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Electra Myth in Ancient and Modern Drama

Author: Tatiana Golban
Degree:doctor of philology
Speciality: 10.01.06 - World and Comparative Literature
Scientific adviser: Sergiu Pavlicenco
doctor habilitat, professor, Moldova State University
Scientific council:


The thesis was presented on the 26 January, 2006
Approved by NCAA on the 23 February, 2006


Adobe PDF document0.87 Mb / in romanian


CZU 82.09(100)(043.3)

Adobe PDF document 2.96 Mb / in romanian
190 pages


comparison, reception, influence, myth, fundamental situation of the myth, archetype, ethno-religious myth, literary myth, literalised myth, mythicization, demythicization, sacred, profane, humanization, character, action, theme, literary system, literary model, artistic originality, drama, tragedy, tragic, tragic quilt, text, intertextualism, psychology, psychoanalysis, subconscious, existentialism, time, space


The present thesis, entitled Electra Myth in Ancient and Modern Drama, proposes to investigate the system of the thematic elements of Electra myth from both the diachronic perspective of its beginnings, development and consolidation, and from the synchronic one, following a number of defining features, principles and elements (theoretical, thematic and structural) correlated within one literary pattern. It is to be implemented the first, probably, study that focuses, in synthesis, methodologically and methodically, on Electra myth conceived as a literary system in itself, expressing in literature a fundamental situation for the human condition, where Electra becomes a literary invention, a literary archetype as universal symbol, reifying its own literary myth of individual essence.

However, Electra myth has to be regarded in relation to the ethno-religious myth of the Atreus family, in whose thematic context Electra myth finds its origin, is related to and actually belongs to according to the specificity of its thematic perspectives. Under the form of literary myth, that is being an independent literary system expressing its own fundamental situation, Electra myth develops and establishes itself as literary typology and dramatic tradition in Electra by Sophocles, Electra by Euripides, Mourning Becomes Electra by O’Neill and Electra by Giraudoux; under the form of literalised myth, that is being placed as literary system within the larger system of a different and ampler fundamental situation expressed by the myth of the Atreus family (as an ethno-religious myth rendered literary in dramatic texts), Electra myth reveals itself in Oresteia by Aeschylus, The Flies by Sartre and The Family Reunion by Eliot. The main factor that has generated the rise of Electra myth, as well as the freedom of literary representation of Electra in the dramatic texts (tragedies) of ancient and modern periods as premises of artistic originality, is to be found in the structure of the myth of the Atreus family, in which Electra has not been established in the framework of some rigid parameters concerning her role and importance in the course of events.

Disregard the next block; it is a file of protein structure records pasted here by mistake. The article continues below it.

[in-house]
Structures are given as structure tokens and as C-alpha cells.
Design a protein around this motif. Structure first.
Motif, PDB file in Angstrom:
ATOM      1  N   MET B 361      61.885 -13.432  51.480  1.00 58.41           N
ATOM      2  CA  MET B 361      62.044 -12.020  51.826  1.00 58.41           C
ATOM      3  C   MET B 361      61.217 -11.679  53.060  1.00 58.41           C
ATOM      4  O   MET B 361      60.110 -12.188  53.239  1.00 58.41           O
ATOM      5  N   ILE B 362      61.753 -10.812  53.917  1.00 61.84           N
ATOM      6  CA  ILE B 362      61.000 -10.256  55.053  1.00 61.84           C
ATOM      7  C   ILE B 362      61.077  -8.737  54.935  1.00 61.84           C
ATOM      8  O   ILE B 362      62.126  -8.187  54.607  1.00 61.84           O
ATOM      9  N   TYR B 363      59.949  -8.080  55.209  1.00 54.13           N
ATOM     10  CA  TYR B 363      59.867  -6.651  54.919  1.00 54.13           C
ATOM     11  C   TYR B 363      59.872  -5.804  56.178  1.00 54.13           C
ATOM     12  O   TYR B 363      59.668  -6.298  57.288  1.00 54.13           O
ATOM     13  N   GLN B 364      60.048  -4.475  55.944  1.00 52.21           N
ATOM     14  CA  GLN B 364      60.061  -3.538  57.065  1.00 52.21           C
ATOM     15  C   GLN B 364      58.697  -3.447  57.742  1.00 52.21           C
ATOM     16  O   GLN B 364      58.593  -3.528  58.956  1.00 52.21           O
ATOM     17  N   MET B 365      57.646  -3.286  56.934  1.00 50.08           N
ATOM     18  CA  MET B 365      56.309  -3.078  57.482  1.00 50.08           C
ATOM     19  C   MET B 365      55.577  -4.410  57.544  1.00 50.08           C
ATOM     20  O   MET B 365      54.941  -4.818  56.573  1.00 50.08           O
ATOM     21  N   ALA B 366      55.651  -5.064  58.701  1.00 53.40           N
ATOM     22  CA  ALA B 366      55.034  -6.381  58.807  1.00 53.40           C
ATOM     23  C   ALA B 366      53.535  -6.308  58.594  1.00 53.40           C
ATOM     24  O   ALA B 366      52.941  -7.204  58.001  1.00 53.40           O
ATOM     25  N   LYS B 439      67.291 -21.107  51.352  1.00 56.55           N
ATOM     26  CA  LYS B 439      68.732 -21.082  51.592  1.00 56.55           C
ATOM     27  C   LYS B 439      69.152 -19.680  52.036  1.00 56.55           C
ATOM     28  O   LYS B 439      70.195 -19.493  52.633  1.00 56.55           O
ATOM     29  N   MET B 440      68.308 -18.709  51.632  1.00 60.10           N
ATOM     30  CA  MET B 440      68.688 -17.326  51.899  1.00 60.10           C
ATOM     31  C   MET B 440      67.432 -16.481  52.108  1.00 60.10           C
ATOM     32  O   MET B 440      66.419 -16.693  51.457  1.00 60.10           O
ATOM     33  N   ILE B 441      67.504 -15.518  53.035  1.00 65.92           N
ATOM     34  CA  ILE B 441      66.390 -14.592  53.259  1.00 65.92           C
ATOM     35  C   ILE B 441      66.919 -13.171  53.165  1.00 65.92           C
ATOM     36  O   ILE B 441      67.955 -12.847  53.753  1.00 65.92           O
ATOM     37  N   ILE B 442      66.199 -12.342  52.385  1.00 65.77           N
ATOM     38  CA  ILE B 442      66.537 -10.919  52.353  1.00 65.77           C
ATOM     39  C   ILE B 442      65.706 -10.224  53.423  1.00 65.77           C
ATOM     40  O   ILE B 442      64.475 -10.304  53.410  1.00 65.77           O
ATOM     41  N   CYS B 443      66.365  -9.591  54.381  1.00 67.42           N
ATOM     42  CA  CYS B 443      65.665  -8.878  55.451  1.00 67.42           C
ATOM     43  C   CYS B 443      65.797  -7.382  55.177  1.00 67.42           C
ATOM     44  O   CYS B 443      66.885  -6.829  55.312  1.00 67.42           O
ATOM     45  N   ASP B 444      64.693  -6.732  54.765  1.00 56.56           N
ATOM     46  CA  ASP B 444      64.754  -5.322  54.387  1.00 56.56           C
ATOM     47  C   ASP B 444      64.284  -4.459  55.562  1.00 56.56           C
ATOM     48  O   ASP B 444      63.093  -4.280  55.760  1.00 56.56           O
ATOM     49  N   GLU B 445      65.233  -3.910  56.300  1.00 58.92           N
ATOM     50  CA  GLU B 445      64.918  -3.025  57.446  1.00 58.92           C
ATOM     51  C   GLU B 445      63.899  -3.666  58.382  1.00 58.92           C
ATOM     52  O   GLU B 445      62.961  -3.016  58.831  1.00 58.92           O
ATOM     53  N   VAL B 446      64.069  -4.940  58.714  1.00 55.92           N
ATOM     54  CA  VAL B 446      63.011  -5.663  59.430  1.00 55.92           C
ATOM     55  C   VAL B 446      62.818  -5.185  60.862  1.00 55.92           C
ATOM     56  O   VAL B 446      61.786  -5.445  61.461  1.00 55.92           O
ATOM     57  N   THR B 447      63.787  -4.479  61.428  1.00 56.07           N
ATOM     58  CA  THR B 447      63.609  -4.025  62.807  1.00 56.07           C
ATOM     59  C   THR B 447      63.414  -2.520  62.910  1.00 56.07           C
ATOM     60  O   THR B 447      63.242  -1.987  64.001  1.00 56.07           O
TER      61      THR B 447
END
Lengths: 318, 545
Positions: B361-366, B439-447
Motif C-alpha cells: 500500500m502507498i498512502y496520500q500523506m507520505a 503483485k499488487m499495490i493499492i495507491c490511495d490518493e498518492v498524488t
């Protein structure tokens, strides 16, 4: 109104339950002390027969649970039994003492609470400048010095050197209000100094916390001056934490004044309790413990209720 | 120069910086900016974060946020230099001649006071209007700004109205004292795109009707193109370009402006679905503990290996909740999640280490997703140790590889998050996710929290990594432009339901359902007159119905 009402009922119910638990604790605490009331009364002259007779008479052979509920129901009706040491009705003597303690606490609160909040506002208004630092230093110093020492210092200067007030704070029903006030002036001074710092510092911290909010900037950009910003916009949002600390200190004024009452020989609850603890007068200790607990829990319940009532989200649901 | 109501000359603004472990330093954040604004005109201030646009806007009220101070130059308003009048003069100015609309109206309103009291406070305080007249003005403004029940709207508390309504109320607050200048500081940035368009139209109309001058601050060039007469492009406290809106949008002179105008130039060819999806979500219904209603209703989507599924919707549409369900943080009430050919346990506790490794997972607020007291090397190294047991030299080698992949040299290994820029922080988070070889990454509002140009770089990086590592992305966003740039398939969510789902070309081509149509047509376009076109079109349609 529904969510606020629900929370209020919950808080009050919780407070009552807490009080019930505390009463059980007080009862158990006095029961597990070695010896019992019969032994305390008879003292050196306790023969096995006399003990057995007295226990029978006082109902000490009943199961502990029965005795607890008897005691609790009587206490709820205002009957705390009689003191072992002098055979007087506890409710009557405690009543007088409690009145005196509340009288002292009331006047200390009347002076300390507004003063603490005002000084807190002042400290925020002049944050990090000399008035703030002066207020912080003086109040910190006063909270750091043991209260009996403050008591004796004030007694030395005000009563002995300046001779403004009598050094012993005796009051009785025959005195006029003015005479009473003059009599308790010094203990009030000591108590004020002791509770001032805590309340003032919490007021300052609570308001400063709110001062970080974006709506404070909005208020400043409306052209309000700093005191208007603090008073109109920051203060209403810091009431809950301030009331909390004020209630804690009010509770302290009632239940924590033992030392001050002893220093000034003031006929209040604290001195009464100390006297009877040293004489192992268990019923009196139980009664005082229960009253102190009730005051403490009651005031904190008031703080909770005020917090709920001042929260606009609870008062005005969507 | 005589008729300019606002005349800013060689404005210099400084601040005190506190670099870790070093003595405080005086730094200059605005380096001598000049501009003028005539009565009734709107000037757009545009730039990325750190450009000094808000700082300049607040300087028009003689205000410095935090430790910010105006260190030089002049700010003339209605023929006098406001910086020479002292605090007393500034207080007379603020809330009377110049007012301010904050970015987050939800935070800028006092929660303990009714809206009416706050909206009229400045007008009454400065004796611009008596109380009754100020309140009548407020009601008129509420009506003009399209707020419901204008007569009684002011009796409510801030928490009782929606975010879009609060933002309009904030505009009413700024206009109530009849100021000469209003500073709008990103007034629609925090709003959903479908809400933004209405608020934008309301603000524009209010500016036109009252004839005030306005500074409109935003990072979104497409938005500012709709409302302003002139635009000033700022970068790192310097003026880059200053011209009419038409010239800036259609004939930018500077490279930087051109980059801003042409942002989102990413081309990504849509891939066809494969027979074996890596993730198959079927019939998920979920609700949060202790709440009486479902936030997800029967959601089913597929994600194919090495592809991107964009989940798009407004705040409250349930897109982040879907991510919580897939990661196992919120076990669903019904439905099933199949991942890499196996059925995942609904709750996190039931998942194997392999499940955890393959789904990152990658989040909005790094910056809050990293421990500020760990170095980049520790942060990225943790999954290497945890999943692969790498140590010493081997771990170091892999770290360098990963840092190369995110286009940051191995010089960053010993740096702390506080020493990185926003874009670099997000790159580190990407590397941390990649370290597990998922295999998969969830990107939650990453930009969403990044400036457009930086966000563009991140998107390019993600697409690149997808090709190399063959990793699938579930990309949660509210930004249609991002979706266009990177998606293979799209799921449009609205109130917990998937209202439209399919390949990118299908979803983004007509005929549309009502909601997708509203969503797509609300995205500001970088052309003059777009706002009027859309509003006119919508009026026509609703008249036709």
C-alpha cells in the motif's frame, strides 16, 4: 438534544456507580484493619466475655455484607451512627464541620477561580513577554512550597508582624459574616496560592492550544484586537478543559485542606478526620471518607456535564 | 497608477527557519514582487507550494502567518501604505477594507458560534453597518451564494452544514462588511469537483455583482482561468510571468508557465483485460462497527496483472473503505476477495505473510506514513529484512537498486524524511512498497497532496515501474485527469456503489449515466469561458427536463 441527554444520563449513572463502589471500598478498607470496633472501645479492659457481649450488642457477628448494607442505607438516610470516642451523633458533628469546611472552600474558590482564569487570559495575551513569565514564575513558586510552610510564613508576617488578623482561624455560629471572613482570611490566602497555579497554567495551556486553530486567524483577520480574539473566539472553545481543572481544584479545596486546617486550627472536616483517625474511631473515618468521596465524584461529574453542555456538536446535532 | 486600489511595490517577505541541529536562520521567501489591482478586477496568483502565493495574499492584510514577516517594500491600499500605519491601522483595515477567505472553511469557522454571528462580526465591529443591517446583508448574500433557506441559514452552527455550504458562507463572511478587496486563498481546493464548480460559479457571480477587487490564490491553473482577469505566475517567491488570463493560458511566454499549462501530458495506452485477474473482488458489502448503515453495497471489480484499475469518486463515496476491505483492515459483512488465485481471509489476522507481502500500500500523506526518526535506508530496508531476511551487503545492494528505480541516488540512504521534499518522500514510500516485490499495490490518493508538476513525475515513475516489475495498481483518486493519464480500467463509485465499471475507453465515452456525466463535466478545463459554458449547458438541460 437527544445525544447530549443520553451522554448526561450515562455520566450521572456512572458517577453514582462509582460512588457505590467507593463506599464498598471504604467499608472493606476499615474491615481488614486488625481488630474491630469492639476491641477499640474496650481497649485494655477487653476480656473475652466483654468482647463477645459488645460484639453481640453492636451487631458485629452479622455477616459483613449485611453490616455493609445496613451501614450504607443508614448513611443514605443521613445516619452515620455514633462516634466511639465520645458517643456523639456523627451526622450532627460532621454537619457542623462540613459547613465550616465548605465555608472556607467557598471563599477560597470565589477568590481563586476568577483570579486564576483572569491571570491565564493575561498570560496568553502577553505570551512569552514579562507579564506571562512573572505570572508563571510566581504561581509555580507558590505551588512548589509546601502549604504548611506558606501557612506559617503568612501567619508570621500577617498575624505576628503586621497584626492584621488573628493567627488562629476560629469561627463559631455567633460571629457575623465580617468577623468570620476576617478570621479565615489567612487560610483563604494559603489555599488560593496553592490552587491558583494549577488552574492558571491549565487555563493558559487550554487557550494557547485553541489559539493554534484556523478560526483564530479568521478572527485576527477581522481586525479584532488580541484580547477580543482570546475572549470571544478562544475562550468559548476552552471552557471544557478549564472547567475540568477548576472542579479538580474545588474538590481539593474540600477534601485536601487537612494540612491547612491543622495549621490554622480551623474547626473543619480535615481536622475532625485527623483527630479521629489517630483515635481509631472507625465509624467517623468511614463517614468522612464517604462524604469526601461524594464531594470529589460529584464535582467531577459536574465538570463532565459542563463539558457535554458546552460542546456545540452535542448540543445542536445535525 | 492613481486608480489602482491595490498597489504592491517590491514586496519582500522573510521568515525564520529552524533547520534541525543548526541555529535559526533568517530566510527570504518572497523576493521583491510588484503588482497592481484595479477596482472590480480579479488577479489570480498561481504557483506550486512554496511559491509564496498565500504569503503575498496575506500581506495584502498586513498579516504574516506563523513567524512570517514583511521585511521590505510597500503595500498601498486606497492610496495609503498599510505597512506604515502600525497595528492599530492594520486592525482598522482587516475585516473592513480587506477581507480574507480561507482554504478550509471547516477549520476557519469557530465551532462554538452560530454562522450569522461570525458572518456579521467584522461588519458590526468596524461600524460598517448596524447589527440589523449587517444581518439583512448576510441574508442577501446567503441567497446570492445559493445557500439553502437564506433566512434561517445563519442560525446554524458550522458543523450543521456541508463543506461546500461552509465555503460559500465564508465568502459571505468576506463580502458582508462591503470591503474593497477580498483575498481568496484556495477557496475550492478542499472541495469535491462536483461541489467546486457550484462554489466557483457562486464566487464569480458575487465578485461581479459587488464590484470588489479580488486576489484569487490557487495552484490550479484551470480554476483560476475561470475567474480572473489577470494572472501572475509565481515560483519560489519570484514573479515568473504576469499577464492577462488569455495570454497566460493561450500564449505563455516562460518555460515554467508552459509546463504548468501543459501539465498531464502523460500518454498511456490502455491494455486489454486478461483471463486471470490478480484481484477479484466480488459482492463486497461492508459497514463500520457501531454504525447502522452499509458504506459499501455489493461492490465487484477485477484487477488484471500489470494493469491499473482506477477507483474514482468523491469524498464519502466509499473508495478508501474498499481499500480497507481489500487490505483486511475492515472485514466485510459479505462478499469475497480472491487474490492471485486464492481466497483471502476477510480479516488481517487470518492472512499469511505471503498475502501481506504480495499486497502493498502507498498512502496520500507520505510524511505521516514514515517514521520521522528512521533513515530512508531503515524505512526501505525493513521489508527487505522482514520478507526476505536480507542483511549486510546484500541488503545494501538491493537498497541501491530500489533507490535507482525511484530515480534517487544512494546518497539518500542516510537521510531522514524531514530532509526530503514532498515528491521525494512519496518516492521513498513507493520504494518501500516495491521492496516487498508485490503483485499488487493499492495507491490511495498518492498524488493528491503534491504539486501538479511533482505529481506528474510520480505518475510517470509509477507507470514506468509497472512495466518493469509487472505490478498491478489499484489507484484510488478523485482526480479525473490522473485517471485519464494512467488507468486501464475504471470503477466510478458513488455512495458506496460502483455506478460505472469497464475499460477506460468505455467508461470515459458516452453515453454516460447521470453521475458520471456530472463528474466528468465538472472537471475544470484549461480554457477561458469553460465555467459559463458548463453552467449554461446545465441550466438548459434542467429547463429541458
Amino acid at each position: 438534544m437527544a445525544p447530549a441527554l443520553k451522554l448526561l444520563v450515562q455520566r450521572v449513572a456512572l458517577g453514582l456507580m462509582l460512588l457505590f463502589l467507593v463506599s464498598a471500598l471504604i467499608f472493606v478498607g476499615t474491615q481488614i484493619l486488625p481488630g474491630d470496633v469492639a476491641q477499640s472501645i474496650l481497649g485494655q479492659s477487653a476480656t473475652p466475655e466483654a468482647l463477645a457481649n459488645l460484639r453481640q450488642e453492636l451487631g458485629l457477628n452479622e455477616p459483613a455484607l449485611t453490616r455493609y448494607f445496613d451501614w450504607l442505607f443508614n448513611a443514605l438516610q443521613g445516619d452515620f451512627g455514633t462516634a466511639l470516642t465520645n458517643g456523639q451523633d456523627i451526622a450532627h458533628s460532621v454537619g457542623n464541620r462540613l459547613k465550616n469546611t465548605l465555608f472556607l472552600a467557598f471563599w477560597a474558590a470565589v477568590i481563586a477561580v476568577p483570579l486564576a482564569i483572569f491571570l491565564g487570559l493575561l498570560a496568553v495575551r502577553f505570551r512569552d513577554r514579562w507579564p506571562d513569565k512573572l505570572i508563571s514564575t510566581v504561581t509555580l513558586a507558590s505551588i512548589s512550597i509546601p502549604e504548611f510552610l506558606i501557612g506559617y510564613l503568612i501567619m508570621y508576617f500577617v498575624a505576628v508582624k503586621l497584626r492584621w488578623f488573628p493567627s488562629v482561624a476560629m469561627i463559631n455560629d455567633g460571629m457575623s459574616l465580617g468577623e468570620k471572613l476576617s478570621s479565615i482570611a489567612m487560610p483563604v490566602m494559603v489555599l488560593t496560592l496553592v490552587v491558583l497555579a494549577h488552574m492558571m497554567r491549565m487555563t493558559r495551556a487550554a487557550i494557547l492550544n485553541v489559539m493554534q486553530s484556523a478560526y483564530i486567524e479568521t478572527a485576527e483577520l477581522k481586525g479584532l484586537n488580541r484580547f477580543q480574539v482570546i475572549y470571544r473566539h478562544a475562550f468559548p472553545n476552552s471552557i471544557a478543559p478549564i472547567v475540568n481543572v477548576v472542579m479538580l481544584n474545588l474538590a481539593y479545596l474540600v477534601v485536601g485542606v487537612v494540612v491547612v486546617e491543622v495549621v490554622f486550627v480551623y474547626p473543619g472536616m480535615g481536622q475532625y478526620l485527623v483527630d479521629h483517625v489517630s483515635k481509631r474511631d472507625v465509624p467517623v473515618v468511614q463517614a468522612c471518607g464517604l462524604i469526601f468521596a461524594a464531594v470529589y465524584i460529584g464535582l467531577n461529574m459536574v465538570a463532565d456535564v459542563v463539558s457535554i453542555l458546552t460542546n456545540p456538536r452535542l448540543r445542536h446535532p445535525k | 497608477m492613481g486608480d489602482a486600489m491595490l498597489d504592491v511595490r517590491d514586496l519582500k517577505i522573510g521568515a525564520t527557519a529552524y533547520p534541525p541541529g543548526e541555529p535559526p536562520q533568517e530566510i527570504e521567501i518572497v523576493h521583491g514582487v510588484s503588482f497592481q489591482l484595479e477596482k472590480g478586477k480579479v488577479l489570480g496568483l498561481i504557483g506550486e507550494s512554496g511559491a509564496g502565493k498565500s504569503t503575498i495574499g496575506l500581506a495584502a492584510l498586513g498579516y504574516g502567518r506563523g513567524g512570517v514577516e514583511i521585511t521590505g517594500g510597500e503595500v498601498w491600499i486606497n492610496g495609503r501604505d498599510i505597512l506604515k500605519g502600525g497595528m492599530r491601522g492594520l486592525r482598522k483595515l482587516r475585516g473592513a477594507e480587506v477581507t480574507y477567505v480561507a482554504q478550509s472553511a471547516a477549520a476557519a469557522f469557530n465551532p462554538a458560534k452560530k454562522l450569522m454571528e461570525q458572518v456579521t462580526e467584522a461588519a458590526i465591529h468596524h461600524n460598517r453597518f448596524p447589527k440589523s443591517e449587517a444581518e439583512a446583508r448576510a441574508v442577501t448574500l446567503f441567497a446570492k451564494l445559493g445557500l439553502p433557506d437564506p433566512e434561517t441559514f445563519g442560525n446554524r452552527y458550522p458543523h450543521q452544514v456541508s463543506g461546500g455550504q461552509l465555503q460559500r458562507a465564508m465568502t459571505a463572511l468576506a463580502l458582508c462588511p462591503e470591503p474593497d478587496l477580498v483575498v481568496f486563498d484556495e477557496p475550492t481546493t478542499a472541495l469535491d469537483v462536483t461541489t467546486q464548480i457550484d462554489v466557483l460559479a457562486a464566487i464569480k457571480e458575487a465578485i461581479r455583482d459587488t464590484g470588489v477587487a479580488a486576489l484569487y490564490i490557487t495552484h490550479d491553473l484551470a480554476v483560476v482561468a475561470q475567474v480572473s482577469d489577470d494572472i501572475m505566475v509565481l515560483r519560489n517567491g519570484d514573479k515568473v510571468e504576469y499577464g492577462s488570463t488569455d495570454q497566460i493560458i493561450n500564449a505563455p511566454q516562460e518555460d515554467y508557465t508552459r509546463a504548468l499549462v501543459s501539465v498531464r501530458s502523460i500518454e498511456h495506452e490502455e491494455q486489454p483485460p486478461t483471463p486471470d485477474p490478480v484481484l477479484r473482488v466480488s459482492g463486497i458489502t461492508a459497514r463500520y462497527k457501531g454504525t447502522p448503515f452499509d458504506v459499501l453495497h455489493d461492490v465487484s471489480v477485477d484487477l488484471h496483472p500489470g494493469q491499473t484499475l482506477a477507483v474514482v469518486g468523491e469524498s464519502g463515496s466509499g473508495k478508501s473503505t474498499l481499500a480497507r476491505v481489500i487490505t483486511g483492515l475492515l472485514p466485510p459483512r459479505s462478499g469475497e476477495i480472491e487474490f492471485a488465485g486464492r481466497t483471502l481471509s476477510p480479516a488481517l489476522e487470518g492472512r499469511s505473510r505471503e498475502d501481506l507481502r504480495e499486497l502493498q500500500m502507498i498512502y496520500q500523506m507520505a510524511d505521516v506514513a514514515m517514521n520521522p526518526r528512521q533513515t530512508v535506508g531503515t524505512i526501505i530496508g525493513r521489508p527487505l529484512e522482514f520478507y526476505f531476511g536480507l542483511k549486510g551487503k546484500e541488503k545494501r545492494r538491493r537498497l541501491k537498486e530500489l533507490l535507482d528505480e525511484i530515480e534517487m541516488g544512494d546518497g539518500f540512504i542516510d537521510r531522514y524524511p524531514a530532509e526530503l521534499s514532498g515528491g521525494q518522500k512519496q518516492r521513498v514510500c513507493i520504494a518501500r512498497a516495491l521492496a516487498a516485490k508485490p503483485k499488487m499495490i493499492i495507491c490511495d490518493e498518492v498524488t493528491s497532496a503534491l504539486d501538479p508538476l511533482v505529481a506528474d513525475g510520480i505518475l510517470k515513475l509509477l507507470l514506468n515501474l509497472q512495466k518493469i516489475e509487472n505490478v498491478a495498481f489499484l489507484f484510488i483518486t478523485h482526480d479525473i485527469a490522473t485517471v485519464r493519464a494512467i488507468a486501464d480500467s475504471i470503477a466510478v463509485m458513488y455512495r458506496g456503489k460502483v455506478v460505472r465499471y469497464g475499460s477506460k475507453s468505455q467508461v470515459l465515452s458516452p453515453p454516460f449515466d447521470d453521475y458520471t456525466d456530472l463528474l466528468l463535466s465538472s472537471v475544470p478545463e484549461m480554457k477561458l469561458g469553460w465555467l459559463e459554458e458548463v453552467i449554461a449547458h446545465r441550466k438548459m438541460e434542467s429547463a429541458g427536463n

Electra myth – focused on events and their consequences concerning the status of Electra as an emotional and psychological factor involved in and co-participant at Orestes’ punitive action – represents a literary myth, narration-product of the artistic imagination, and the fundamental situation that confers to Electra and the action in which she is involved the status of myth refers to the inter-human determinism based on a large range of emotional and psychological states that manifest in the context of a symbolic typology of human existence regarding violence, crime, revenge, and an action that destabilizes the universal harmony, the welfare of the city and the individual and family existence, where the perpetration of another crime as punitive action is expected to restore the lost values and to re-establish the personal and social well-being. Electra’s role is to become aware of this situation and to confer to it the status of an existential model, a pattern of life through her own psychological and emotional significance as the expression of a tragic heroism, intense experiences, exacerbate emotions, unstable subconscious, extreme suffering, inherited quilt, which will eventually give rise to the necessity of action and determine its perpetration by Orestes. Electra involves and even participates in the required action, which is vengeful and liberating, brutal and rationalized, emotional and instinctual, egotistical and formative, depending on the thematic variety of different dramatic texts, typologically patterned and at the same time open to artistic diversity. Both ancient and modern writers of Electra myth perform demythicization and mythicization of the dramatic discourse through the creation of realistic characters and life situations, and, respectively, through the revival of a deep mythological essence, conferring to it the tragic substance of certain archetypal human and behaviorist types having epical resonance, expressing general human existence and prompting static models with timeless, superhistorical and metaliterary values. The demythicization and mythicization, simultaneous processes taking place in a single literary text, signify the permanence of Electra myth, its diachronic evolution and literary continuity, its consolidation as a dramatic tradition open to innovating perspectives and creative originality. At the same time, Electra myth represents a well-structured system that keeps its essence unmodified, disregarding the chronotope of action, the names of characters and the concourse of events, and thus proving the truth according to which myth develops, survives, continues its evolution, and remains representative and didactic for the human condition and community only as being placed in the framework of the literary discourse.